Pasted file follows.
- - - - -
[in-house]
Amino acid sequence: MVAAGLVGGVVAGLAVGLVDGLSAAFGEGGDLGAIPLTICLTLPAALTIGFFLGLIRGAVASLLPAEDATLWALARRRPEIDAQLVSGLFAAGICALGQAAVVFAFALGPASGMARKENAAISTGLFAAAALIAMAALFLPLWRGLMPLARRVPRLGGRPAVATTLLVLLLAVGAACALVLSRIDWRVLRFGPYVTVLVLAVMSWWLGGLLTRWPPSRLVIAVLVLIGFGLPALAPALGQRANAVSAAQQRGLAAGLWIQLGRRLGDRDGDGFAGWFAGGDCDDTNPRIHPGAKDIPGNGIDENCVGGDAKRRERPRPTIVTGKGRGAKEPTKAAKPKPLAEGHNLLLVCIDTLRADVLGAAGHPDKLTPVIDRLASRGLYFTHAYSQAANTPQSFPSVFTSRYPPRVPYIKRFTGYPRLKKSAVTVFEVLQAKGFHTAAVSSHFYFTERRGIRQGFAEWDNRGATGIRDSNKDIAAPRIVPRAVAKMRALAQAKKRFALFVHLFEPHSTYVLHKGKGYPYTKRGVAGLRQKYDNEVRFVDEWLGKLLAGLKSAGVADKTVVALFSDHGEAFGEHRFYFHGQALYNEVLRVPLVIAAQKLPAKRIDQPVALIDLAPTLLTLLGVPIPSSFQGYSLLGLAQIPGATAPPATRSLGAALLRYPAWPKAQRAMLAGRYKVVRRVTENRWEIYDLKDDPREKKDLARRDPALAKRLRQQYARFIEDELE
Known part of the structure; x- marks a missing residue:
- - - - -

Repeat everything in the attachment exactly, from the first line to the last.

[in-house]
Amino acid sequence: MVAAGLVGGVVAGLAVGLVDGLSAAFGEGGDLGAIPLTICLTLPAALTIGFFLGLIRGAVASLLPAEDATLWALARRRPEIDAQLVSGLFAAGICALGQAAVVFAFALGPASGMARKENAAISTGLFAAAALIAMAALFLPLWRGLMPLARRVPRLGGRPAVATTLLVLLLAVGAACALVLSRIDWRVLRFGPYVTVLVLAVMSWWLGGLLTRWPPSRLVIAVLVLIGFGLPALAPALGQRANAVSAAQQRGLAAGLWIQLGRRLGDRDGDGFAGWFAGGDCDDTNPRIHPGAKDIPGNGIDENCVGGDAKRRERPRPTIVTGKGRGAKEPTKAAKPKPLAEGHNLLLVCIDTLRADVLGAAGHPDKLTPVIDRLASRGLYFTHAYSQAANTPQSFPSVFTSRYPPRVPYIKRFTGYPRLKKSAVTVFEVLQAKGFHTAAVSSHFYFTERRGIRQGFAEWDNRGATGIRDSNKDIAAPRIVPRAVAKMRALAQAKKRFALFVHLFEPHSTYVLHKGKGYPYTKRGVAGLRQKYDNEVRFVDEWLGKLLAGLKSAGVADKTVVALFSDHGEAFGEHRFYFHGQALYNEVLRVPLVIAAQKLPAKRIDQPVALIDLAPTLLTLLGVPIPSSFQGYSLLGLAQIPGATAPPATRSLGAALLRYPAWPKAQRAMLAGRYKVVRRVTENRWEIYDLKDDPREKKDLARRDPALAKRLRQQYARFIEDELE
Known part of the structure; x- marks a missing residue: